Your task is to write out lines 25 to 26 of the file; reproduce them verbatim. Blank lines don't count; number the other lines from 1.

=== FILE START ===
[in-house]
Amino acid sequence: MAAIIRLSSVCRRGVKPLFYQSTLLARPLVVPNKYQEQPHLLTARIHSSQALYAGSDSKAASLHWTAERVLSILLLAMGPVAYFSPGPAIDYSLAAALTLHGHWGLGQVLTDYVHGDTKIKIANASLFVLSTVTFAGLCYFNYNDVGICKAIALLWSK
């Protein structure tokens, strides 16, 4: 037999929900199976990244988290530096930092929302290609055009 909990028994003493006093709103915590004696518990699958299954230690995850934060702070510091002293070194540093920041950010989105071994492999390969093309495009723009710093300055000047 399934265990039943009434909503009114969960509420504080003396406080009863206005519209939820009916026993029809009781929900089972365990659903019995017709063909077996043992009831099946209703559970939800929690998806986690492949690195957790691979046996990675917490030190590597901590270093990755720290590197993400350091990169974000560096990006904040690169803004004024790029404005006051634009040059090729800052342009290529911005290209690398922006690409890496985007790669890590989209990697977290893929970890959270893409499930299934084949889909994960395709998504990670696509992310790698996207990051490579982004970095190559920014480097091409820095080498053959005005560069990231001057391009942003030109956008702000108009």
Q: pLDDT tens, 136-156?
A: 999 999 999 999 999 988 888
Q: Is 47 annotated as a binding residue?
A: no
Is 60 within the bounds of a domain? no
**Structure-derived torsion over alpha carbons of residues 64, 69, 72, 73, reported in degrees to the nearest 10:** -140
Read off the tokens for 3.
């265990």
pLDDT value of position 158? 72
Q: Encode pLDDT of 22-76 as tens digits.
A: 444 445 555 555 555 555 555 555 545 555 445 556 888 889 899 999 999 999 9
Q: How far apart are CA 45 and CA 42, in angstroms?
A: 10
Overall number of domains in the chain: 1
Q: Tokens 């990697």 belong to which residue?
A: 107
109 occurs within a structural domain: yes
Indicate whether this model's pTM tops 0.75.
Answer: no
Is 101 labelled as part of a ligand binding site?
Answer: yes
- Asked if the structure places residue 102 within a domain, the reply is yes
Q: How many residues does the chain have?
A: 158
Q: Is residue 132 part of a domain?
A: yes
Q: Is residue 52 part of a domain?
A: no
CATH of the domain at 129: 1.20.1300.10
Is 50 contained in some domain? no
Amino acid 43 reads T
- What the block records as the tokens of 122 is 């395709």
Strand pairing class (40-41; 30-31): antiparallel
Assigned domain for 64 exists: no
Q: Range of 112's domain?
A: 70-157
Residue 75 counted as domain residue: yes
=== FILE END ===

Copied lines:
- Asked if the structure places residue 102 within a domain, the reply is yes
Q: How many residues does the chain have?